Mortality and Morbidities Among Very Premature Infants Admitted After Hours in an Australian Neonatal Intensive Care Unit Network Academic Article uri icon

abstract

  • OBJECTIVES: To assess risk-adjusted early (within 7 days) mortality and major morbidities of newborn infants at < 32 weeks' gestation who are admitted after office hours to a regional Australian network of NICUs where statewide caseload is coordinated and staffed by on-floor registrars working in shift rosters. We hypothesize that adverse sequelae are increased in these infants. DESIGNS: We conducted a database review of the records of infants (n = 8654) at < 32 weeks' gestation admitted to a network of 10 tertiary NICUs in New South Wales and the Australian Capital Territory from 1992 to 2002. Multivariate logistic regression analysis was performed to adjust for case-mix and significant baseline characteristics. OUTCOMES: Sixty-five percent of infants were admitted to the NICUs after hours. These infants did not have an increase in early neonatal mortality or major neonatal sequelae compared with their office-hours counterparts. Admissions during late night hours after midnight or fatigue risk periods before the end of a medical 12-hour shift were not associated with higher early mortality. Risk factors significantly predictive of early neonatal death were lack of antenatal steroid treatment, Apgar score < 7 at 5 minutes, male gender, gestation age, and being small for gestation. CONCLUSIONS: Current staffing levels, specialization, and networking are associated with lower circadian variation in adverse outcomes and after-hours admission to this NICU network and have no significant impact on early neonatal mortality and morbidity.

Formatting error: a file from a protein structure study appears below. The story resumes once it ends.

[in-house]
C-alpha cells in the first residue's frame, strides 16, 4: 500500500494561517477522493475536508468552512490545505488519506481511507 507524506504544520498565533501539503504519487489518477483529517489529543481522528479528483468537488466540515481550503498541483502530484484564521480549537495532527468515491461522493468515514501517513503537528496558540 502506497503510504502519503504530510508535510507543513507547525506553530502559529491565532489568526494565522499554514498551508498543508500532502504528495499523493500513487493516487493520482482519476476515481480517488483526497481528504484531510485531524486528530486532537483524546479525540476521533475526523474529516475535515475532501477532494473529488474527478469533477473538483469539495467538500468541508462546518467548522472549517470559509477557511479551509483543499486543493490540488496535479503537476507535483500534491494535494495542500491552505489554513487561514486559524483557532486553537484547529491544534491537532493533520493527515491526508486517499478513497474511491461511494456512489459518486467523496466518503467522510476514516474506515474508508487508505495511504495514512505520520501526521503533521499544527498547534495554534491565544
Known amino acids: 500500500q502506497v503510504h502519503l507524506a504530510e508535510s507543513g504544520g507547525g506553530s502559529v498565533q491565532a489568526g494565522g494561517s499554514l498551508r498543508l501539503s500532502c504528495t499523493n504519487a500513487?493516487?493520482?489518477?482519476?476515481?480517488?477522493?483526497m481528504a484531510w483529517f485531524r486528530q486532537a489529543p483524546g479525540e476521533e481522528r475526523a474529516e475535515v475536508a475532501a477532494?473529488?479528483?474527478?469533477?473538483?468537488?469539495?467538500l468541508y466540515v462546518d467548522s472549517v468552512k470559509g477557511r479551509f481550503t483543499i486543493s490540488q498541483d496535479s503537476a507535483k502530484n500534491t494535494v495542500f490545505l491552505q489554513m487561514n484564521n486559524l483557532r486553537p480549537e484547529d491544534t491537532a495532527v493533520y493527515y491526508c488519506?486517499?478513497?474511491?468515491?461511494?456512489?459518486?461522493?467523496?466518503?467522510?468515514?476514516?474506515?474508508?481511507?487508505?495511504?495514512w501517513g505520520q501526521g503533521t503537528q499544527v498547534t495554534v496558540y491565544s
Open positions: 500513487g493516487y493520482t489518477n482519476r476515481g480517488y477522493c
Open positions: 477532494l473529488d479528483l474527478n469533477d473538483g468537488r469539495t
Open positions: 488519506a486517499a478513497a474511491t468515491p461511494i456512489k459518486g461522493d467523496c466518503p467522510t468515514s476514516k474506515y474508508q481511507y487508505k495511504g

publication date

  • May 1, 2006